"Let Me Tell You" is a series of columns from our expert editors about NYC living, including the best things to do, where to eat and drink, and what to see at the theater. They publish each Tuesday so you’re hearing from us each week. Last time, Things to Do Editor Rossilynne Skena Culgan shared quirky events to bookmark for 2024.
For a few minutes this spring, all eyes will (safely, of course) turn to the total solar eclipse, which will be visible in parts of New York. During this celestial spectacle on April 8, 2024, the Moon will pass between the Sun and the Earth, completely blocking the face of the Sun, NASA explains.
The sky will darken like it's dawn or dusk, making for a trippy few moments until the afternoon light returns once again. You don't want to miss this. No, seriously, don't miss it. The next time a solar eclipse with grace the skies over the continental U.S. is 2044, but the next time you'll see a total solar eclipse in New York will be 2079.
Given how special this experience promises to be, you might just want to block your calendar now. Bosses of the world, hear me now: Do not schedule a meeting on the afternoon of April 8, 2024. Do not do it, OK?!
In terms of exact timing, totality varies from place to place. Taking Buffalo as an example, the partial eclipse will begin around 2:04pm, with totality running from 3:18pm-3:22pm. NASA's got a chart with exact timings here.
Do you remember the total solar eclipse back in 2017? I lived in Pittsburgh at the time and recall everyone in the city rushing out of their offices to experience the minutes-long phenomenon. Even though we weren't in the main path of the eclipse, we still experienced an amazing solar spectacle with a darkening sky and freaky shadows. While there's something eerie about the city darkening all of a sudden, there's also something truly awe-inspiring about thousands of people gathering together to experience nature.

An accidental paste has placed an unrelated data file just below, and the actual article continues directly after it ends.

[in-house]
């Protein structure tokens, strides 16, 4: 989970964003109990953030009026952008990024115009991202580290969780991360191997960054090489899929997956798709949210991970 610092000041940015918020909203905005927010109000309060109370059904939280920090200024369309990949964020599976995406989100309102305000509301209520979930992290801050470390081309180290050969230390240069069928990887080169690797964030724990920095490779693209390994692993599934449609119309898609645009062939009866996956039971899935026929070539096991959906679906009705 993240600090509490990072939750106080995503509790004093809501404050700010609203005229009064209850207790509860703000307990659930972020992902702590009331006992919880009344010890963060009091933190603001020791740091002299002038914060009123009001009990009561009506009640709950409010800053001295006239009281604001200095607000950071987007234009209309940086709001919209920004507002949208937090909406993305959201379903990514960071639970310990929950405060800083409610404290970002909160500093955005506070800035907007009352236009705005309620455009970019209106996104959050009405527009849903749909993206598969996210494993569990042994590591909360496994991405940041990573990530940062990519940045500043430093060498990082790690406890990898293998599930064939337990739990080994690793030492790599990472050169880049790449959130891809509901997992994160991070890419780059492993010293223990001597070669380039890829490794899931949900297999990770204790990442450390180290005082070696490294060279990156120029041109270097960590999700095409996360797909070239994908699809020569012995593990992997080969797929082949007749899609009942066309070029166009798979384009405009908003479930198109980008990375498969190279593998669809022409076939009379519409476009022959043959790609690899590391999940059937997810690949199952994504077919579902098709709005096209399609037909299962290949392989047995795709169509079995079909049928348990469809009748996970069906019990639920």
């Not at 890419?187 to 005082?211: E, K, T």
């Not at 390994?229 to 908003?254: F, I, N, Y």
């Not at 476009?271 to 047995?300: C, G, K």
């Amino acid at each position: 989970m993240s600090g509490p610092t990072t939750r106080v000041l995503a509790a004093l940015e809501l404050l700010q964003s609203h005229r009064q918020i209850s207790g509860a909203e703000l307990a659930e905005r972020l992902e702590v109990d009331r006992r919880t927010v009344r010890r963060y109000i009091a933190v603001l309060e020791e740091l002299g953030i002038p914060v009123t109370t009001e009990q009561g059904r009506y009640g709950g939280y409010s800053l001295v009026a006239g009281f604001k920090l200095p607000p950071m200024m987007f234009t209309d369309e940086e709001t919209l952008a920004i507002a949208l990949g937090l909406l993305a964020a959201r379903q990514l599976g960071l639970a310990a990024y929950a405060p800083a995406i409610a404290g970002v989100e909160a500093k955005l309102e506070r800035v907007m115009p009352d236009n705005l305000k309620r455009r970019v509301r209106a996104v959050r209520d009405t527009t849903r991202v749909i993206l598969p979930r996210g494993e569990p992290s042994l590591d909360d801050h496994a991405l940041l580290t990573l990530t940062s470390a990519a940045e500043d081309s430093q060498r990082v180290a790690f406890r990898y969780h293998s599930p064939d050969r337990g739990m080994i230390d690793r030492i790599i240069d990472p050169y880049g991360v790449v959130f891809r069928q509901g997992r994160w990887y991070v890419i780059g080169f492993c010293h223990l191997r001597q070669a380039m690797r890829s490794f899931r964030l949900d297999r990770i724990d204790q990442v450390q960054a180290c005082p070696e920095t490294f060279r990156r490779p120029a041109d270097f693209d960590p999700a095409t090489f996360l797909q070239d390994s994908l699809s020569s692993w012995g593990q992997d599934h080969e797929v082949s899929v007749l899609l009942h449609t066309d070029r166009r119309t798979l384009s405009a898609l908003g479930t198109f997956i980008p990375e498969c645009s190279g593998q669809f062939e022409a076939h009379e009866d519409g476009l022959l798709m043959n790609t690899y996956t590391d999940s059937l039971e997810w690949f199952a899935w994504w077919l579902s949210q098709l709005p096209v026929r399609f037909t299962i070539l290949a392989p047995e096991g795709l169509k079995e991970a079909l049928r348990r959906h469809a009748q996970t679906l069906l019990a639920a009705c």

This year, New York City will be in a similar position. Though the five boroughs aren’t in the path of totality, we’ll still see 89% coverage, per the Governor's office. That means you'll want to get your eclipse glasses ready and make plans for the day.
Back in 2017, New Yorkers flocked to Bryant Park to see the spectacle, and we expect that will happen once again. But if you want to experience the eclipse to its fullest, you'll have to head outside of the city. Rochester, Buffalo, and Syracuse are prime viewing locations, as they'll be in the path of totality and they're planning lots of fun events.
In Rochester, for example, the Rochester Museum and Science Center is hosting ROC the Eclipse, a multi-day festival from April 6-8. Events will include hands-on activities, speakers, food, and, of course, lots of fun science. Their goal? "Making sure the eclipse is accessible and exciting to literally everyone under the sun."
Over in Buffalo, the science center there is hosting a solar eclipse safety training on February 23, then an after-hours eclipse-themed event on March 1. They'll be closed on the actual day of the eclipse, though.
As for Syracuse, their science museum is hosting a solar eclipse festival on April 8, complete with free eclipse glasses, activities, and food trucks.
It's such a big deal that the state's tourism board has even created a campaign titled "Come for the Eclipse, Stay for New York" to spur visitors to stick around after the celestial event. They've rounded up events across the state and even made a vintage-style poster to mark the occasion.
No matter where you experience the eclipse, the most important thing is to do so safely. NASA has all the intel on how to do that.
The other important note: Allow yourself the time to truly enjoy this goosebump-inducing event. It's a moment that could inspire kids to love science. It could even inspire adults to put aside their differences and join together for a powerful human experience—and that's why this year's solar eclipse can't be missed.